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Albert the Great, Teacher of master builder


Albertus Magnus, doctor universalis, Earl of Bollstaedt, who called himself "Brother Albert of Lauingen" is known by history as Dominican monk and prior, bishop and nuncio, all-embracing scholar and Rector of the University of Cologne. Additionally, he is respected as naturalist and philosopher.

Albertus Magnus was born in Lauingen in 1193 and died on November 15, 1280 in Cologne. Stations of his scholaric life were Hildesheim, Freiburg, Regensburg, Strasbourg, Cologne and Paris.

His studies and teaching, whose end was a holistic view of God's creation, enclosed theology, botany, zoology, physics, chemistry, geography, and mineralogy. Among his pupil were outstanding thinkers like Thomas of Aquin and Master Eckart.

Since his knowledge in mathematics, geography and astrology was incredible embracing and ahead of his time, his calculations were still in use 250 years later at the court of King Ferdinand of Spain to decide the chances of success for Christopher Columbus' plans.

Legend tells, that Albertus Magnus, among his other achievements, also developed the plan of Cologne Cathedral. One night, while at sleep, four men appeared at him: An old man, an elder man, a man in his best years and a boy. In their hands were a pair of compasses, a measure of angle, a standard, and a pair of scales. Close after, the Virgin Mary, entered. Following her introductions, the four men outlined the groundplan of a cathedral on the room's walls. Later on, as the saying goes, Cologne Cathedral was build after this plan.

Across European countries, smaller churches and chapels, which were doubtlessly built before the development of all cathedrals, already show the first high arches, made walls, and propped up buttresses. The first gothic attempts therefore have to be seen as building experiments and ideas, which the crusaders brought back from the Orient. Strangely and mysteriously, the groundplans for gothic cathedrals were developed almost over night from scratch. In just one Generation the first monumental buildings grew up as first witnesses of a new era.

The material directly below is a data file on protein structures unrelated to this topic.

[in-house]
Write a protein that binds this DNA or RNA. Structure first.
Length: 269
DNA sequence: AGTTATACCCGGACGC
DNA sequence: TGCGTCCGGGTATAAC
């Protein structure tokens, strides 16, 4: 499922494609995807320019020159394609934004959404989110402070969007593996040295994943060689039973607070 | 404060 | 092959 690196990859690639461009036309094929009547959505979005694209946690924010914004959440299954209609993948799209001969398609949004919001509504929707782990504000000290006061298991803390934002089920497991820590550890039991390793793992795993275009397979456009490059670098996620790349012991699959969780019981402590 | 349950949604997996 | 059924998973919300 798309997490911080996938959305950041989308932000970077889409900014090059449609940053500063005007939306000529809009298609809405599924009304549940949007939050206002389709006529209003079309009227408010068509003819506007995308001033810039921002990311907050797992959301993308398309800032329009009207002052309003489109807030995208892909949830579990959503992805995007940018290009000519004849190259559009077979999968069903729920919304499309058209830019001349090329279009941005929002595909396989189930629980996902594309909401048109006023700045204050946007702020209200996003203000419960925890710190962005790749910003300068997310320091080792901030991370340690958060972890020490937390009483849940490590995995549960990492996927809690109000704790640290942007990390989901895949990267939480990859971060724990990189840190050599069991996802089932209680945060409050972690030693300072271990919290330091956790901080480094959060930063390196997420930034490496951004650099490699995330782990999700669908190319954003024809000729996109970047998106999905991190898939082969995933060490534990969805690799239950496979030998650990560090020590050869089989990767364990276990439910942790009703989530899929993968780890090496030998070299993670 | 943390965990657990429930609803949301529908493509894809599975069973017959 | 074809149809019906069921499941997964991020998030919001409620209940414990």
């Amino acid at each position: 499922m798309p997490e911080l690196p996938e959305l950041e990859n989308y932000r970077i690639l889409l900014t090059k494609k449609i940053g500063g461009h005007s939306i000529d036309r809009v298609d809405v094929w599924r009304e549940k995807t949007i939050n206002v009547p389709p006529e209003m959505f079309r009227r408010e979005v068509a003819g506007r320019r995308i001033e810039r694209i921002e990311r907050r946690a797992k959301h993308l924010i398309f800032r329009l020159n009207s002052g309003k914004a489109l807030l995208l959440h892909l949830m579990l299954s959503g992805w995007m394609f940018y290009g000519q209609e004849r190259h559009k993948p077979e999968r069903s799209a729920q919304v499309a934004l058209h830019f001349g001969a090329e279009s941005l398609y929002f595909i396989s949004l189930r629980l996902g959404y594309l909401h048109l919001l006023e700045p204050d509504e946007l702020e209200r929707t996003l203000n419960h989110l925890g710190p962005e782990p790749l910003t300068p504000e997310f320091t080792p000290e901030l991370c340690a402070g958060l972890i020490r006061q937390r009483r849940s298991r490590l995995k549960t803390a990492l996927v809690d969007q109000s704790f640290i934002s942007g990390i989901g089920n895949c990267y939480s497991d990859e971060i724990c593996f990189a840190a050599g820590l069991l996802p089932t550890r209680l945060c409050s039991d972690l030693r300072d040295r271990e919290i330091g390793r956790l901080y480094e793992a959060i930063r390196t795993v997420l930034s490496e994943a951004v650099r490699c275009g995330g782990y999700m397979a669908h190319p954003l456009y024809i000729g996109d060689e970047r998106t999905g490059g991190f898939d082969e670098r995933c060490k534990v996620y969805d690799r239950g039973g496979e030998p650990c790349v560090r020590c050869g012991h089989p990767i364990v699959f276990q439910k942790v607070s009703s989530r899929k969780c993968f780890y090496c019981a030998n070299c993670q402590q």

When Archbishop Konrad von Hochstaden on August 15, 1248 layed the foundation stone for the new cathedral in Cologne, his attempt was to replace the former burnt out one by latest architecture. According to his wish, the Cathedral was planned to become the largest gothic church in Germany with a five nave basilica and three transepts. The expression "Gothic" originates from the Italien renaissance artist and building master Vasari (1911-1574). Before Vasari, Gothic was named the "German style", or, as Vasari put it, "dei Gotthi".

Master Gerhart, first clerk of the works in Cologne, might have known the construction plan of Amiens Cathedral, which was the quintessence of developed gothic. But several facts indicate that the plan may originate from Albertus Magnus:

  • Medieval stonemasons' lodge documents talk of "Albertian manner" or "Albertus System".
  • Alongside the name "Albertus", as gothic expression of style, the name "Argentinus" is to be found in addition. The word Argentinus indicates Strasbourg, the former roman colony Argentoratum. Albert von Bollstaedt lived around 1200 in Strasbourg.
  • In the Chronicle of Cologne it is written at one point: "He wardt umb syne groisse Kunst willen genoempt der Groisse Albert ... Ind he dede meisterlich buwen." ("He was named Albert the Great for his great art ... and he did build masterly.")
  • The chronic Vincentius Justinianus writes in his "Live of Albert the Great" at one point: "Chorum ecclesiae fratrum praedicatorum Coloniae tamquam optimus Architectus juxta normam et verae geometriae leges, quam hodie cernimus, formam erexit" ("He, best of architects, let build the Choir of the Preachers' Church with respect to all rules of true measuring art.")
  • In a contemporary handwriting in Sabina library, Rome, there is an entry on Albertus Magnus, saying: "Normam aedificandi secundum veram geometriam aedificantibus dedit." ("He (Albert) outlined a plan to the building craftsman to build according to true measuring art.")
  • Professor Wallraf reports in his treatise "Dom zu Köln" ("Cologne Cathedral"), which is part of his "Ausgewählte Schriften" ("Selected writings"), 1861, that Albertus Magnus was central creator of the construction plan of Cologne Cathedral on behalf of his fatherly friend Conrad von Hochstaden, Archbishop of Cologne and Duke of Westfalia.
  • Professor Carl Alexander von Heideloff (1789-1865), master builder and restorer in Nuremberg, found a Benedicine stonemasons' lodge book, in which it is said that the gothic style in some stonemasons' lodges was named after Albert and that it was this Albert, who completed this architectural style. His (Alberts) achitectural system, it is said, is based on the System of "Achtorts" and takes several ideas of numerology and cabbalism into account.
  • Albertus Magnus has often been on the building site for historical interest. Albertus himself reports of findings from roman times in connection with the excavations for Cologne Cathedral.

Dom zu Koeln 1851

The "Cologne Cathedral" in Spring 1851

List of references

Hatto Küffner, Farbbildführer "Kölner Dom mit Schatzkammer", Ziethen-Verlag GmbH, Pulheim-Geyen

Pevsner/Fleming/Honour, Lexikon der Weltarchitektur, Rohwohlt Taschenbuch Verlag, Reinbek bei Hamburg 1976

Helmut Signon, Das ist nur in Köln zu sehn, J. P. Bachem Verlag, Köln 1964

Joachim Fernau, Die Genies der Deutschen, Ullstein, Frankfurt /Berlin 3. Auflage 1991

Der neue Brockhaus - Lexikon und Wörterbuch in fünf Bänden, F. A. Brockhaus, Wiesbaden 1974

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Last modified: March 22, 2014